Buttonbush Plant Care: Tips For Buttonbush Planting In Gardens

White Buttonbush Plant
(Image credit: happykamill)

Buttonbush is a unique plant that thrives in moist locations. Buttonbush shrubs love garden ponds, rain ponds, riverbanks, swamps, or just about any site that is consistently wet. The plant tolerates water as deep as 3 feet (1 m.). If you’re thinking about planting a rain garden, growing buttonbush is a great idea. Read on for buttonbush plant info, including a few tips for buttonbush plant care.

Buttonbush Plant Info

Buttonbush is known by a number of alternate names including button willow, pond dogwood, swampwood, or button wood. The interesting summer blooms, which look like spiky ping pong balls, have earned the plant the monikers of Spanish pincushion, globeflower, honeyball, or little snowball. If you purchase the plant from a nursery, you’ll get what you’re looking for if you refer to the plant by its scientific name – Cephalanthus occidentalis. Buttonbush is a beneficial plant in many ways. Growing buttonbush along riverbanks or other riparian environments provides seeds for geese, ducks, and shorebirds, and songbirds also like to nest in the foliage. Songbirds, hummingbirds, and butterflies are plentiful when a buttonbush shrub is in the neighborhood. Deer snack on the twigs and leaves, so fair warning if you want to grow buttonbush in your garden!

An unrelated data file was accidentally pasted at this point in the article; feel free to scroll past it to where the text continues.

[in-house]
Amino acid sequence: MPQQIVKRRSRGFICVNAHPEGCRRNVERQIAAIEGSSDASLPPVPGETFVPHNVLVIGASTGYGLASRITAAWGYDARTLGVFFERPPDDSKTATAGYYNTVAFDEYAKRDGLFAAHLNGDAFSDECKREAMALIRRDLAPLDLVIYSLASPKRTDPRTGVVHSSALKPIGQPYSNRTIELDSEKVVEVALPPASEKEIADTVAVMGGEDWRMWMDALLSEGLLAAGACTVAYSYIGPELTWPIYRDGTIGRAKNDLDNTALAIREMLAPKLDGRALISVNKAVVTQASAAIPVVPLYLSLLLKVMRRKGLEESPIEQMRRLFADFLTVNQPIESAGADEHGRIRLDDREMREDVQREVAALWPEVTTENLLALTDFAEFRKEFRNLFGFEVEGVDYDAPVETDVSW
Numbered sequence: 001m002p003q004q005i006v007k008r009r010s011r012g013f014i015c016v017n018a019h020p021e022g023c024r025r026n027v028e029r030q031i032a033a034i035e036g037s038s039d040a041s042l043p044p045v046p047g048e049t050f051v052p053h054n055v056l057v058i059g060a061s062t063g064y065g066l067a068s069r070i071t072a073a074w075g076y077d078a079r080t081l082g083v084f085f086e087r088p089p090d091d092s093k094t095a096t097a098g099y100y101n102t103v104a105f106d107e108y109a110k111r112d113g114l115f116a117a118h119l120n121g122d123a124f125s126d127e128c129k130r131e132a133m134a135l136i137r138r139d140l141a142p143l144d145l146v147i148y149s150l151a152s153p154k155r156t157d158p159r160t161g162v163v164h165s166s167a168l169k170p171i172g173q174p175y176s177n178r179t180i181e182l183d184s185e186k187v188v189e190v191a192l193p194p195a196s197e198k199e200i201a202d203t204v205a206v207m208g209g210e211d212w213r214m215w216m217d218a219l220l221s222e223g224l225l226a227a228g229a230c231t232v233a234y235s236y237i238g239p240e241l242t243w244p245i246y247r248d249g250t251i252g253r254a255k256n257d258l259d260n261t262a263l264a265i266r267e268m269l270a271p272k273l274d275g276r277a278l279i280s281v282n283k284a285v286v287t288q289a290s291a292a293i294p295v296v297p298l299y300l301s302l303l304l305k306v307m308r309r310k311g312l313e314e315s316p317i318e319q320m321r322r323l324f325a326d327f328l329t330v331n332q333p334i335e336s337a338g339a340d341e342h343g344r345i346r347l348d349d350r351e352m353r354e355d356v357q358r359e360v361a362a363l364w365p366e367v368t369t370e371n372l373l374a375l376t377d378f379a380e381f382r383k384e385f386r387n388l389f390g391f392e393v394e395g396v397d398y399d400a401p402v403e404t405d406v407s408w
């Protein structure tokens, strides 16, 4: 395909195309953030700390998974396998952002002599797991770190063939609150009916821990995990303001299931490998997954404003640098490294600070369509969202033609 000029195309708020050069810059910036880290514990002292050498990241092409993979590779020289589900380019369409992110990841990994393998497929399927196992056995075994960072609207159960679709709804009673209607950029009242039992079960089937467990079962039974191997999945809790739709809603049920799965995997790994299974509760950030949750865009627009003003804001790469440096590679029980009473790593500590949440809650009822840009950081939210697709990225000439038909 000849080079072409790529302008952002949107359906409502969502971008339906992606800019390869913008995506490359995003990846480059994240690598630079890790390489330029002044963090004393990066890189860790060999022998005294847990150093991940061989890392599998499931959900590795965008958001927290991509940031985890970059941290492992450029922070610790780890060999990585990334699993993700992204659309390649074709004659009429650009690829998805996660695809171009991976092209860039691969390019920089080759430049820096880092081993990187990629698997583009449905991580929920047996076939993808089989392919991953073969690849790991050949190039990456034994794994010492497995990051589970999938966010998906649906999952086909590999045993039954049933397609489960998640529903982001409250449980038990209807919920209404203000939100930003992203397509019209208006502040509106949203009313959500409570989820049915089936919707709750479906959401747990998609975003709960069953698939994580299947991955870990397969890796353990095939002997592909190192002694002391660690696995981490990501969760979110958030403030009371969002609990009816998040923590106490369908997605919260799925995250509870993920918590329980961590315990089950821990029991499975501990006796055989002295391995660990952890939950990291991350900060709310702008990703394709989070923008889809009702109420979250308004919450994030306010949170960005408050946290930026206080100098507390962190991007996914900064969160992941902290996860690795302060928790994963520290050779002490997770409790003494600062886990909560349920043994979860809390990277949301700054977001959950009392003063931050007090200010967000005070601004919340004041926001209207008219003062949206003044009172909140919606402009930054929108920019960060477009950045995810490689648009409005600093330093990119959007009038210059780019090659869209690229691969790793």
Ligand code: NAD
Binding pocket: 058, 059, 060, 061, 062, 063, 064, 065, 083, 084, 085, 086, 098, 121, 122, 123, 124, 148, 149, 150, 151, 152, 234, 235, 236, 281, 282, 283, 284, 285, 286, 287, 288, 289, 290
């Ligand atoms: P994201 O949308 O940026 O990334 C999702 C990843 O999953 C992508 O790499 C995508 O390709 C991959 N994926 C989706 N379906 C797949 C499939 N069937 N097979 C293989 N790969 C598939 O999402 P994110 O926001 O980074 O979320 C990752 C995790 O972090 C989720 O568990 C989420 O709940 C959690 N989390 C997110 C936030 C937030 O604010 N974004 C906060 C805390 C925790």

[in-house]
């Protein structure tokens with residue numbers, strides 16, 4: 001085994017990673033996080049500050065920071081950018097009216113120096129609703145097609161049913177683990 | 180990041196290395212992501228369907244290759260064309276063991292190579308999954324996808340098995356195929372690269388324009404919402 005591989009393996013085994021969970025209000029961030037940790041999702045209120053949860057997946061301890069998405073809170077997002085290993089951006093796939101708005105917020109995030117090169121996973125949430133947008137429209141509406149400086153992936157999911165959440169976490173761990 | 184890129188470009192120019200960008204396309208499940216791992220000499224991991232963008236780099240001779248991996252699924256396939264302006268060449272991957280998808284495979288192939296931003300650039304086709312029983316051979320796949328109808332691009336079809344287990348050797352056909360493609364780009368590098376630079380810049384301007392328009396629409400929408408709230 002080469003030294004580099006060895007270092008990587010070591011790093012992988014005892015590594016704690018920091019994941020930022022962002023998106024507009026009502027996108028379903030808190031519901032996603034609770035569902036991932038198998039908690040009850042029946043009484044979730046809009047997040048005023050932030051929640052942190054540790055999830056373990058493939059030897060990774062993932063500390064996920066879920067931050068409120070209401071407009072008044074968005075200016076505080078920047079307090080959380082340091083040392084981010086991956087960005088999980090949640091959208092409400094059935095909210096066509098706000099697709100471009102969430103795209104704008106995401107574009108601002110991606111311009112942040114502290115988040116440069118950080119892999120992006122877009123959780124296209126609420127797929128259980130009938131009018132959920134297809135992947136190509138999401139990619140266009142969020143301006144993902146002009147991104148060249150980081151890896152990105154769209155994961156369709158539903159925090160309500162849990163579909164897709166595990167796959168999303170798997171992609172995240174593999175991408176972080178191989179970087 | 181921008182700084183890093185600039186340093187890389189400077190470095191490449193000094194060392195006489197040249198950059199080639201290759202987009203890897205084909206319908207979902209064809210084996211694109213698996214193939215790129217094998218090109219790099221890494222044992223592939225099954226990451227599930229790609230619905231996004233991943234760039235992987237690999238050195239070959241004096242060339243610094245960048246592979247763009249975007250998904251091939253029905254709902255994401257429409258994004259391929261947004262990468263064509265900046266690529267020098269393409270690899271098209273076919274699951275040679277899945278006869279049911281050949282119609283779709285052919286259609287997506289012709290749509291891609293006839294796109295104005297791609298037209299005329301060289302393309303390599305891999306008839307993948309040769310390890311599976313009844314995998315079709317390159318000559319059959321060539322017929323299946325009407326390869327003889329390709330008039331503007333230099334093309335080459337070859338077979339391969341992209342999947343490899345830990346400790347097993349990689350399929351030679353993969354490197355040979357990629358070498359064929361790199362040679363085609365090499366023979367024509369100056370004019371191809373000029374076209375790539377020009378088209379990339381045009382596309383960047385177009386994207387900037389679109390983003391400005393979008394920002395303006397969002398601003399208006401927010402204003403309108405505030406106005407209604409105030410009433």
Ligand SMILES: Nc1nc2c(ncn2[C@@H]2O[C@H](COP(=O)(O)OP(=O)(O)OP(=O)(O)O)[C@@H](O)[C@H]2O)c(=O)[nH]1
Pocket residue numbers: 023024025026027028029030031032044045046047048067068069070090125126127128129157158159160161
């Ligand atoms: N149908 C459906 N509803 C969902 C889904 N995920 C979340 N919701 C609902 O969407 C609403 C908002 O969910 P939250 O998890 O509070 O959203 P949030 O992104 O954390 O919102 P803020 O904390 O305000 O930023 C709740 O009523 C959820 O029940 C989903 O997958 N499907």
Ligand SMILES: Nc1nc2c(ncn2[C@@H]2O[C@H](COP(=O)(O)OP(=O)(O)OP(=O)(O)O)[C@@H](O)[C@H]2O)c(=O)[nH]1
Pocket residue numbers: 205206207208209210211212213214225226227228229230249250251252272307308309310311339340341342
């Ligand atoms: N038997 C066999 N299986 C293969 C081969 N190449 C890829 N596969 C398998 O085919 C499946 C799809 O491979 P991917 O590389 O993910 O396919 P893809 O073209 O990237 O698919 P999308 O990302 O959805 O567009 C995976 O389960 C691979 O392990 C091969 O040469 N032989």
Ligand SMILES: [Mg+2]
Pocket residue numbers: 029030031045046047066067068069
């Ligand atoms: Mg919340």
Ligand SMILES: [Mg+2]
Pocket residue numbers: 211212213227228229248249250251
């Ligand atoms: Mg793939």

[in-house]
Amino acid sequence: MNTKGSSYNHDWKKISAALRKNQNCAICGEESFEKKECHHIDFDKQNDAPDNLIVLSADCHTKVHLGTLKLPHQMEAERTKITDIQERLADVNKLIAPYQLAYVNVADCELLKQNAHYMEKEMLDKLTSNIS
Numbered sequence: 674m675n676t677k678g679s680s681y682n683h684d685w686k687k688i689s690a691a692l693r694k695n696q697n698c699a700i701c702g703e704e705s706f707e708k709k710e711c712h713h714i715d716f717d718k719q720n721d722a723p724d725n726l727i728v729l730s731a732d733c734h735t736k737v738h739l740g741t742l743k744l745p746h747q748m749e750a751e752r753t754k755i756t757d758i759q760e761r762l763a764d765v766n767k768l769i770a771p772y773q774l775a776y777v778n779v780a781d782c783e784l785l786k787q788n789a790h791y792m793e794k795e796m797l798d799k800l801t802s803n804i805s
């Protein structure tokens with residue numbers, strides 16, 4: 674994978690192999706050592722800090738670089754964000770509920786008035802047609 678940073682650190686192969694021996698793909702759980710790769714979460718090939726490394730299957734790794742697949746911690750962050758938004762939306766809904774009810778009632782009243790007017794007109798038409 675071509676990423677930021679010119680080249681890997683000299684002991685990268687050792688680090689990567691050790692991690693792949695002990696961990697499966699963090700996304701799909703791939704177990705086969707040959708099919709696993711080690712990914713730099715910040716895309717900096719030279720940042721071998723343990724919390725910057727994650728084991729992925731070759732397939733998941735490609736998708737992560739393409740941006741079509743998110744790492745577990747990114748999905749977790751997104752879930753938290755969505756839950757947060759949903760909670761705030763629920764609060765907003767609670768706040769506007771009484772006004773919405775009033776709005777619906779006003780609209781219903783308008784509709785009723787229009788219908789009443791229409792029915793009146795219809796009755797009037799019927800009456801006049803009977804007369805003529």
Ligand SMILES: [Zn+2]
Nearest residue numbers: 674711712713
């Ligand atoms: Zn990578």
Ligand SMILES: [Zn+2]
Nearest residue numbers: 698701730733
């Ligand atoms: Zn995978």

Growing Buttonbush Shrubs

Buttonbush planting is a cinch. Buttonbush is happiest if you leave it alone and let the shrub just do its thing. Simply plant your buttonbush shrub in a moist place. Full sun is preferred, but the plant tolerates partial sunlight too. This North American native is suitable for growing in USDA plant hardiness zones 5 through 10.

Buttonbush Plant Care

Buttonbush plant care? Really, there isn’t any – the plant doesn’t like to be fussed over. Basically, just be sure the soil is never dry. Buttonbush doesn’t require pruning, but if it becomes unruly you can cut it to the ground in early spring. It is a relatively fast-growing plant that will rebound quickly.

Mary H. Dyer

A Credentialed Garden Writer, Mary H. Dyer was with Gardening Know How in the very beginning, publishing articles as early as 2007.